By Trisha Ocona Francis
Being a real estate professional is more than just helping people sell, buy, or rent property, but rather assisting them in achieving their real estate goals. One of the best ways in doing so is by narrowing down your practice of real estate to an area you know extremely well, enjoy doing, and are committed to furthering your knowledge on the topic. It allows you to focus, and shows your clients your commitment and dedication as an expert towards their particular issue.
There are many areas to choose from, such as the luxury market, commercial sales, office leasing, residential, investing, foreclosures, apartment rentals, government program housing placement, senior housing, relocation specialist, or you can always develop your own area of expertise.
You may decide to gear your real estate practice towards commercial real estate because you like analyzing the potential profits of a building, the adventure of negotiating, and helping your clients produce their desired results. Or you may work with seniors because you enjoyed helping your previous senior clients transition from homeownership of forty years to senior housing, loved their history stories, and learned a lot about senior housing programs in the process.
The road to becoming this “Specialized Real Estate Expert” is similar to a college student deciding on a major and ultimate career choice. Medical doctors and attorneys concentrate on a specific field to practice for the same reasons.
To begin, here are a few questions to ask yourself: Continue reading »
By Jessica Hickok
Although selling real estate can be a very lucrative career, there can be some downtime when listings are hard to move, ultimately casting a negative cloud over that whole lucrative career thing.
That’s where residential property management can swoop in and save the day. Property managers typically charge a monthly management fee, which is usually a percentage of the collected monthly rents. It is also common to charge a leasing fee to the owner/investor. This leasing fee is a percentage of the first month’s rent in addition to the monthly management fee. This covers the agent’s expenses for the time it took to show the property and prepare it for lease. Not to mention, it gives you a nice profit. Of course, these fees are all agreed upon, up front, in the Property Management Agreement.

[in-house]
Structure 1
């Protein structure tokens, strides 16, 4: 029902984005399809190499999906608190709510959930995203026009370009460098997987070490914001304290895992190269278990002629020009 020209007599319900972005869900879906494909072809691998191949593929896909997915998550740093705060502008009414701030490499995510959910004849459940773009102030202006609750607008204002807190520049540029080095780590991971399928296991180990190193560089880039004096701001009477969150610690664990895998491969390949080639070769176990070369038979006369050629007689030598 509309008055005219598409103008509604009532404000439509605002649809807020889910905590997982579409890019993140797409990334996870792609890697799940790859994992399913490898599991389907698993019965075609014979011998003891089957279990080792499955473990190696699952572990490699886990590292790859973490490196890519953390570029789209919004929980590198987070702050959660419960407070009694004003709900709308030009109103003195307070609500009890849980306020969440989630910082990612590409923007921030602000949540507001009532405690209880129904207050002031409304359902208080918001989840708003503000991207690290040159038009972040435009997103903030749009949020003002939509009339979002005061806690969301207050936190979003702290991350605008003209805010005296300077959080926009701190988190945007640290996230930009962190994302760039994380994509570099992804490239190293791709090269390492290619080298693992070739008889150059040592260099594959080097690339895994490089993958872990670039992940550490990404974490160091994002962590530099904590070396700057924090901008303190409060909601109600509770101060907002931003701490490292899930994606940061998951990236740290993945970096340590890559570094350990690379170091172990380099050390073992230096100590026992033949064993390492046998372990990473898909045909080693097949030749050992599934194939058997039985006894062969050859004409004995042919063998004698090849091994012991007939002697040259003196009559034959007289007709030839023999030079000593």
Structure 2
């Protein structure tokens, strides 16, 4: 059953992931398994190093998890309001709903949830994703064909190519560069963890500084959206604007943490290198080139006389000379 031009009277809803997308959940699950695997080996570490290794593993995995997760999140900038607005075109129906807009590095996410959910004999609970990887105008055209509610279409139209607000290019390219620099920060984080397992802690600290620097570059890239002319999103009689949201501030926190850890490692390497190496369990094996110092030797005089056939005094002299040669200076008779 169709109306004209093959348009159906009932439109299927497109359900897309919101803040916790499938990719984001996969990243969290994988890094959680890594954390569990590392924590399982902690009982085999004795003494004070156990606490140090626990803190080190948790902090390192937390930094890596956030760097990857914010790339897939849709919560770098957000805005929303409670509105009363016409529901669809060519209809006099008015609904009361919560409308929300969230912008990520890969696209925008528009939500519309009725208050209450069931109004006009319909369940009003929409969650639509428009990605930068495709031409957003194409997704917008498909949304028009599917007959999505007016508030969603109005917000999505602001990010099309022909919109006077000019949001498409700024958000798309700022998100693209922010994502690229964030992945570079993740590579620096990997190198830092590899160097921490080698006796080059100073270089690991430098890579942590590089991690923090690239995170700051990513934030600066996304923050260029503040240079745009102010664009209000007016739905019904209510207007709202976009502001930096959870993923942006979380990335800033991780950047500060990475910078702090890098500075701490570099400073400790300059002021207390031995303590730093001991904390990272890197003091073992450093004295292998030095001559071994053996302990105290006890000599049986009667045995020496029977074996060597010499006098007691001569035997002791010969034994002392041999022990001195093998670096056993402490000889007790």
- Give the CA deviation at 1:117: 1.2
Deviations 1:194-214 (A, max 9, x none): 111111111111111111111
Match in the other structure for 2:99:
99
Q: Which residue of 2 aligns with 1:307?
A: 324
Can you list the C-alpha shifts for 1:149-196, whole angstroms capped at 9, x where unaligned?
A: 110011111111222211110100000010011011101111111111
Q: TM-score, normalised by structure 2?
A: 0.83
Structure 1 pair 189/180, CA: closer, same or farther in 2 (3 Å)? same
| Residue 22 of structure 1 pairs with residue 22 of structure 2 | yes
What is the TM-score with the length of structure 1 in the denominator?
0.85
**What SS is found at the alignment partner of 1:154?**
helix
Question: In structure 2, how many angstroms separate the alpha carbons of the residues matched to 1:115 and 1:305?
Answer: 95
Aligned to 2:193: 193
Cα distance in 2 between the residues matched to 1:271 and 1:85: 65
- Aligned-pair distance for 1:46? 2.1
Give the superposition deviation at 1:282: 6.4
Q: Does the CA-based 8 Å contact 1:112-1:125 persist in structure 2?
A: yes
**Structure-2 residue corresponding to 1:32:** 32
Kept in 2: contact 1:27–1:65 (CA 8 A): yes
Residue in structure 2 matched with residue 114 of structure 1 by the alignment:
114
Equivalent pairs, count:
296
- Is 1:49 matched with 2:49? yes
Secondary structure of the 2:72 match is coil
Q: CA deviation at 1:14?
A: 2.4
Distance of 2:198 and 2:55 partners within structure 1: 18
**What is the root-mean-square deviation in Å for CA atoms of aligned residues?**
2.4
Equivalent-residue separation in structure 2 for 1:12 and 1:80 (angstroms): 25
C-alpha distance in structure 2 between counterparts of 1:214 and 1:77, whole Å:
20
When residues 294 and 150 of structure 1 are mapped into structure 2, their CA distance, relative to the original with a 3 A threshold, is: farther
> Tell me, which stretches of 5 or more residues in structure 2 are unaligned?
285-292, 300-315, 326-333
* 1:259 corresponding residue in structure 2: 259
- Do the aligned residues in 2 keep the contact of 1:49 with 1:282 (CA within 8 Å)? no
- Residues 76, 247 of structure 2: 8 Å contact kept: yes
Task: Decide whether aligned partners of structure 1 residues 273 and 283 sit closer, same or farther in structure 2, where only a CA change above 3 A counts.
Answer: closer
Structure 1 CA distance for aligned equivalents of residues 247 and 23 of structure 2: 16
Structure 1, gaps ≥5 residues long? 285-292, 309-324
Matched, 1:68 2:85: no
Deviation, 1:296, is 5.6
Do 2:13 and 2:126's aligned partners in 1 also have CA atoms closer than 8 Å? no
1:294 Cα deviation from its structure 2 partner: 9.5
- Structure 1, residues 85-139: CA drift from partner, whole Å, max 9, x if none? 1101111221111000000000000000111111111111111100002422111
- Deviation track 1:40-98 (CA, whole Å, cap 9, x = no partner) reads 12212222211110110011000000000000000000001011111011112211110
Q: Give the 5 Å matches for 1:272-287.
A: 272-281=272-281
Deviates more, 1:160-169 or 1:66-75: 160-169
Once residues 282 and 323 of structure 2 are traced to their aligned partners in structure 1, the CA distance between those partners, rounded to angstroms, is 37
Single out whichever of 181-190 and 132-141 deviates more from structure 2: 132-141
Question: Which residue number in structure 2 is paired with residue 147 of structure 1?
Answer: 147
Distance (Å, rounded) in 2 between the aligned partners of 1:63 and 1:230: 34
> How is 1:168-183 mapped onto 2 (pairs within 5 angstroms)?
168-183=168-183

Don’t want to do property management for the long haul? Hate backed-up toilets?
No problem! Take on clients with overpriced listings. You know, the sellers that need to sell, but can’t? My company often gets phone calls from sellers who want us to rent out their property until it sells. Many times we don’t accept them because these types of properties are generally not long term.
So if you’re a little phobic of the rental property management scene, but still need a monthly paycheck, consider taking on some of the short term-rental properties mentioned. And keep in mind that a plumber is only a phone call away for the those backed-up toilets. This is a good opportunity for you to test the waters of managing rental property without a long-term commitment.
I’m excited to be co-presenting this idea with Paul Dizmang, aptly titled “8 Effortless Tips to Tackling Rental Property Management” on Friday, Nov. 13, 2009 at the NAR Annual Conference and Expo. The conference is held in San Diego this year and you won’t want to miss it. Register online for this fantastic event by going to http://www.realtor.org.com/conference, I hope to see you there!
What are your suggestions that we, as REALTORS®, can do to find that extra income while still practicing what we love?
Jessica Hickok, a self-proclaimed blogging and twittering fanatic, is with Dizmang Properties in Springfield, Mo.